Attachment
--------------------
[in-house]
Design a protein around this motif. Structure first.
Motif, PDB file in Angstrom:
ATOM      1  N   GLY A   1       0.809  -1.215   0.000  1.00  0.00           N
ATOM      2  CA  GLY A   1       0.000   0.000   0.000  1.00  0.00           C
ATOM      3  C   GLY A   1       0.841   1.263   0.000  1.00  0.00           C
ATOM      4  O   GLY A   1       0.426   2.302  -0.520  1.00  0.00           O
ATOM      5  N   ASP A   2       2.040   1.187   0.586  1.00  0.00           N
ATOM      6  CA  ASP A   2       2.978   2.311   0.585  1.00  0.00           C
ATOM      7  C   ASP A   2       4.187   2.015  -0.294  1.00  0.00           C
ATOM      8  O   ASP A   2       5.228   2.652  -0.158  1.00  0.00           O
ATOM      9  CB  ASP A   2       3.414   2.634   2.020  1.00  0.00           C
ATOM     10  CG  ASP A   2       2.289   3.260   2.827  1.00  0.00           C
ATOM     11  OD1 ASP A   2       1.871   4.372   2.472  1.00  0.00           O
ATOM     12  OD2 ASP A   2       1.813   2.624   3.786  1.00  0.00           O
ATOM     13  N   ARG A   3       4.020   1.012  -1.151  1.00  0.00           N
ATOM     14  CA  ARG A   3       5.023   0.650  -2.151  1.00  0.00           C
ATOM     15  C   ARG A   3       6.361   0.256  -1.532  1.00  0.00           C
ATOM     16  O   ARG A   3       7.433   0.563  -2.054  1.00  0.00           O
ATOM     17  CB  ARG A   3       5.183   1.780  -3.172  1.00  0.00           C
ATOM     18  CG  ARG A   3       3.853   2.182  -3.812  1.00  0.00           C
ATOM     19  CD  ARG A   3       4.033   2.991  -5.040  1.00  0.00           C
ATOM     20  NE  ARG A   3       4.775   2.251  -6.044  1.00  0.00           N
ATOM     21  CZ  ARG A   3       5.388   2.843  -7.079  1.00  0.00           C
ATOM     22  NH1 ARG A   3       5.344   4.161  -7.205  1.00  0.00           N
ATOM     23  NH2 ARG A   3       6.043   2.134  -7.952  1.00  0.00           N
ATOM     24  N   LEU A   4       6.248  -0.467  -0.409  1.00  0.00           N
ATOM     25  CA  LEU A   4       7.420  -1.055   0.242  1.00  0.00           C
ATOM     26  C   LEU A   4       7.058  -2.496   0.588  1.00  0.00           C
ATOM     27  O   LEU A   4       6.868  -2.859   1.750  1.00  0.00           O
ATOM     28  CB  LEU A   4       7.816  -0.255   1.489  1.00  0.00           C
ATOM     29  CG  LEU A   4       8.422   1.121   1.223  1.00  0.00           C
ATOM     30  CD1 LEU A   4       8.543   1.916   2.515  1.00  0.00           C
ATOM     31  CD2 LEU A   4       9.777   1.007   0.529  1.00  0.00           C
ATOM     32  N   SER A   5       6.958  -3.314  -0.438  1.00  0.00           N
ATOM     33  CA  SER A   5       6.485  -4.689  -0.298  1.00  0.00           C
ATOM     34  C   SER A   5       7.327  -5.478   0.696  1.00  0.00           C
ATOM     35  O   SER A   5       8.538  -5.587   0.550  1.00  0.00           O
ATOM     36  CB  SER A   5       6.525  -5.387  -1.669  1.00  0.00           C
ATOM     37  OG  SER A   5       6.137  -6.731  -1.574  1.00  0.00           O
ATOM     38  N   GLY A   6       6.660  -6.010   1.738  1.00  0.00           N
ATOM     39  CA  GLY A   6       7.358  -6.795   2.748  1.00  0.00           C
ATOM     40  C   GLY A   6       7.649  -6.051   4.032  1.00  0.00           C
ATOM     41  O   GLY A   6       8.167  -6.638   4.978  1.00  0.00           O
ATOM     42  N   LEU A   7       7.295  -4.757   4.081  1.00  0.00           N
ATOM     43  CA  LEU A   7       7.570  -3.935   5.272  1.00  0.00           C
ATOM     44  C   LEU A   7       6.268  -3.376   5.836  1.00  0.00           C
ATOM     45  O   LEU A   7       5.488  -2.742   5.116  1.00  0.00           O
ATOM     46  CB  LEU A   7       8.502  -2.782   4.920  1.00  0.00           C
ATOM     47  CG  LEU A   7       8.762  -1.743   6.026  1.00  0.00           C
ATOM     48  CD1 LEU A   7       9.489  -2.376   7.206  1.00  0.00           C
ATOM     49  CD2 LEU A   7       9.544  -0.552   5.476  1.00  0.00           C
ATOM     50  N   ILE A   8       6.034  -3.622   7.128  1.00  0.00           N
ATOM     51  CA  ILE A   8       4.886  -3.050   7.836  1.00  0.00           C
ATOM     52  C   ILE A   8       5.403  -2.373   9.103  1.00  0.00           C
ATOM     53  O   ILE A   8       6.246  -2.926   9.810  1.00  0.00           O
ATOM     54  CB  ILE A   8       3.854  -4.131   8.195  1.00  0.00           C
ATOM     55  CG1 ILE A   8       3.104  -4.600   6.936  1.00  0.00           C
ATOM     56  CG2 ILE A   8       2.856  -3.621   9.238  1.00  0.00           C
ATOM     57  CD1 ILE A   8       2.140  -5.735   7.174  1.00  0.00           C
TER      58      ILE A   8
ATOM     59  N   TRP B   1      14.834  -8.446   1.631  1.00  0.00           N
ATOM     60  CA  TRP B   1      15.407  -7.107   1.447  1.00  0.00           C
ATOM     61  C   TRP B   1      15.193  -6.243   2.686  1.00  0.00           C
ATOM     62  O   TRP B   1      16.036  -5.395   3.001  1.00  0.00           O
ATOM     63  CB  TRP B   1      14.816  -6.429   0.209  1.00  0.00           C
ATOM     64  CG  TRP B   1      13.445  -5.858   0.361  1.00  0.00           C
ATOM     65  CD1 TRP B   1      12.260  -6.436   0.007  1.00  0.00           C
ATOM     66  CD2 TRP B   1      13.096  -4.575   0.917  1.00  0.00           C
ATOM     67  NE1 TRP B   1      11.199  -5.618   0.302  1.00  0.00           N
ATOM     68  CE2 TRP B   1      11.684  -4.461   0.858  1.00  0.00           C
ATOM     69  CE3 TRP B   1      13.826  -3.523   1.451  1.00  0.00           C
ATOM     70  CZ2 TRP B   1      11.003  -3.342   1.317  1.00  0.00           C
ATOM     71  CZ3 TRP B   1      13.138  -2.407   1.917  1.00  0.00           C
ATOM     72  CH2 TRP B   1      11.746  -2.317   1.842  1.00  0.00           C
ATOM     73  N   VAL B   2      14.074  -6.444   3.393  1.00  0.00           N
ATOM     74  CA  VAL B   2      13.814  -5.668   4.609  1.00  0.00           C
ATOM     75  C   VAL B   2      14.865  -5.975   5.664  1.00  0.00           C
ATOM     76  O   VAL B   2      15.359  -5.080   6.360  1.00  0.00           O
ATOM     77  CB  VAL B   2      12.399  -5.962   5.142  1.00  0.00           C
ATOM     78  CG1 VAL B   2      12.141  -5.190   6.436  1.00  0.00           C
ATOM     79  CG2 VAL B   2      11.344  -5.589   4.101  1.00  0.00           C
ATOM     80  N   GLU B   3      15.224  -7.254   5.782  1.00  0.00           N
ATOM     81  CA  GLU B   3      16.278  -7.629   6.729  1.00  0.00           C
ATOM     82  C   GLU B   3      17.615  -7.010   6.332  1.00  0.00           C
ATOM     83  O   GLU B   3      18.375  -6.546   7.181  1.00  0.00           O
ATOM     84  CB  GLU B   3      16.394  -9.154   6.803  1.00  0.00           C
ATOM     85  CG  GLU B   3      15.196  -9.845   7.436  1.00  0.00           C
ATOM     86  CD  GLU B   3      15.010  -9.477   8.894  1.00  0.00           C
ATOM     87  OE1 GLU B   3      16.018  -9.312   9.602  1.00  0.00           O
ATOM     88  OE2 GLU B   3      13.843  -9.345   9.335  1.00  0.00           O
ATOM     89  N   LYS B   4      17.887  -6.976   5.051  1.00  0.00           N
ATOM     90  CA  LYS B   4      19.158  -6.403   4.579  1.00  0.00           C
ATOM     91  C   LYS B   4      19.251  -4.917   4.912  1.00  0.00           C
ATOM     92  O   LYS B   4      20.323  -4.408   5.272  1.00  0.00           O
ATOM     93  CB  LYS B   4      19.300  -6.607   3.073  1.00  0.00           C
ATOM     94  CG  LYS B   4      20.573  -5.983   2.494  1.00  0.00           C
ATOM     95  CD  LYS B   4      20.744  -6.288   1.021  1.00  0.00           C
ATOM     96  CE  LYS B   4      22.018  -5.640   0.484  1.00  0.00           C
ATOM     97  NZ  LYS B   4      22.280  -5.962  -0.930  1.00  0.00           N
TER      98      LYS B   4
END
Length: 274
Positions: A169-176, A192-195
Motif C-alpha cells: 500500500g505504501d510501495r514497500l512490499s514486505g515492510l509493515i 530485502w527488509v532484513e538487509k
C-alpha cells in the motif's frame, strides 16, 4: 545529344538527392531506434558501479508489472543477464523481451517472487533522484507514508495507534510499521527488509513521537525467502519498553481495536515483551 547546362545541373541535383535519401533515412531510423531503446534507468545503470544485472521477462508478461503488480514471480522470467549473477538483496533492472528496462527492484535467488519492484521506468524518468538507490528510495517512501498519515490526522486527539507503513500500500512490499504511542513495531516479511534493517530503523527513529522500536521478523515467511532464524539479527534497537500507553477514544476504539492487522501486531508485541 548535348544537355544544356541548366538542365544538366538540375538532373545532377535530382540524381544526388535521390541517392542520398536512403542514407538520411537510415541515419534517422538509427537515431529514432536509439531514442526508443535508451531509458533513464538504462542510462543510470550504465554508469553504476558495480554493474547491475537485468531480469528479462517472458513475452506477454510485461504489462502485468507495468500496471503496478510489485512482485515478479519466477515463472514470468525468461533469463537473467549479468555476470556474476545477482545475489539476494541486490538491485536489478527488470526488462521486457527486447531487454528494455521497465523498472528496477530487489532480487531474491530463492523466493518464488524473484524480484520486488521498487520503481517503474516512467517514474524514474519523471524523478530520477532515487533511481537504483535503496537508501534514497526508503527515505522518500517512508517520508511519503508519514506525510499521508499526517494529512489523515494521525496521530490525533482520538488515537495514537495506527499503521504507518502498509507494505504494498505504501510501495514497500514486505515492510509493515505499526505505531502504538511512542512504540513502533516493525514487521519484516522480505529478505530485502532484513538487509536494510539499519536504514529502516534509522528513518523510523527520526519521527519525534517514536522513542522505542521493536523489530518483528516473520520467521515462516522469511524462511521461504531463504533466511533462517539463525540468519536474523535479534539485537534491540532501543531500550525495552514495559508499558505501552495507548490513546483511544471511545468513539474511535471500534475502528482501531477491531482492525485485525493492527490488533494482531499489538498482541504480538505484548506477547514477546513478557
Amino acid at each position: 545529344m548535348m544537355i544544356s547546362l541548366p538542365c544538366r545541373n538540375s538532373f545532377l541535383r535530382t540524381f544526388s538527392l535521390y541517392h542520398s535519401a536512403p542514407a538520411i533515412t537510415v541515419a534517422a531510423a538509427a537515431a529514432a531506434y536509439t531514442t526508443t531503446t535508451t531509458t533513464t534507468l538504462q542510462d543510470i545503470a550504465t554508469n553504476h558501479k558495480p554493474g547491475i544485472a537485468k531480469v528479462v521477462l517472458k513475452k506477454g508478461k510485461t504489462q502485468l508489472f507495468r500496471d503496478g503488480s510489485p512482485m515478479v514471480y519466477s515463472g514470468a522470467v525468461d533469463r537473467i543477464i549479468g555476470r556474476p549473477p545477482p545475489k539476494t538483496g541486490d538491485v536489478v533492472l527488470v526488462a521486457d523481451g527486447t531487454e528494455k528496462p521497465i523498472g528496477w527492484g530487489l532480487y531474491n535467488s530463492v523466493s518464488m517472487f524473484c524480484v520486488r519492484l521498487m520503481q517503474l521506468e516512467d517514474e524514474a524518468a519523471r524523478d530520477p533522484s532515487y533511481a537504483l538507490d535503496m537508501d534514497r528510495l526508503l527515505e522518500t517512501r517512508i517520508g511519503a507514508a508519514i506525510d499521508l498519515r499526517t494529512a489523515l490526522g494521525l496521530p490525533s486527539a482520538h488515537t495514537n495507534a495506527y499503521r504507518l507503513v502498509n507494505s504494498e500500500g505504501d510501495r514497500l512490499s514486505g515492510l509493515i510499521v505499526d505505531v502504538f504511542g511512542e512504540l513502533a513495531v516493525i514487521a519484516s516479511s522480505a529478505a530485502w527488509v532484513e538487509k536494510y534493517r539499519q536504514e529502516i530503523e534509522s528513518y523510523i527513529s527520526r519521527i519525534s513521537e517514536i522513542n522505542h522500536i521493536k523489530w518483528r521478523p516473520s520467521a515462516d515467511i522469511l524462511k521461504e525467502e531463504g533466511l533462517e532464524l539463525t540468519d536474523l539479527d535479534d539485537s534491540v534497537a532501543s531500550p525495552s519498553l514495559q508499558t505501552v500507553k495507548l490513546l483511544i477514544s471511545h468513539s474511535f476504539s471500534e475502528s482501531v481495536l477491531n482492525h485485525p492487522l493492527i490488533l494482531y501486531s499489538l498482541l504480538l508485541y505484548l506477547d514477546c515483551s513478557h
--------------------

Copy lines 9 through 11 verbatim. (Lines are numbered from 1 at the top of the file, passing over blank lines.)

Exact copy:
ATOM      6  CA  ASP A   2       2.978   2.311   0.585  1.00  0.00           C
ATOM      7  C   ASP A   2       4.187   2.015  -0.294  1.00  0.00           C
ATOM      8  O   ASP A   2       5.228   2.652  -0.158  1.00  0.00           O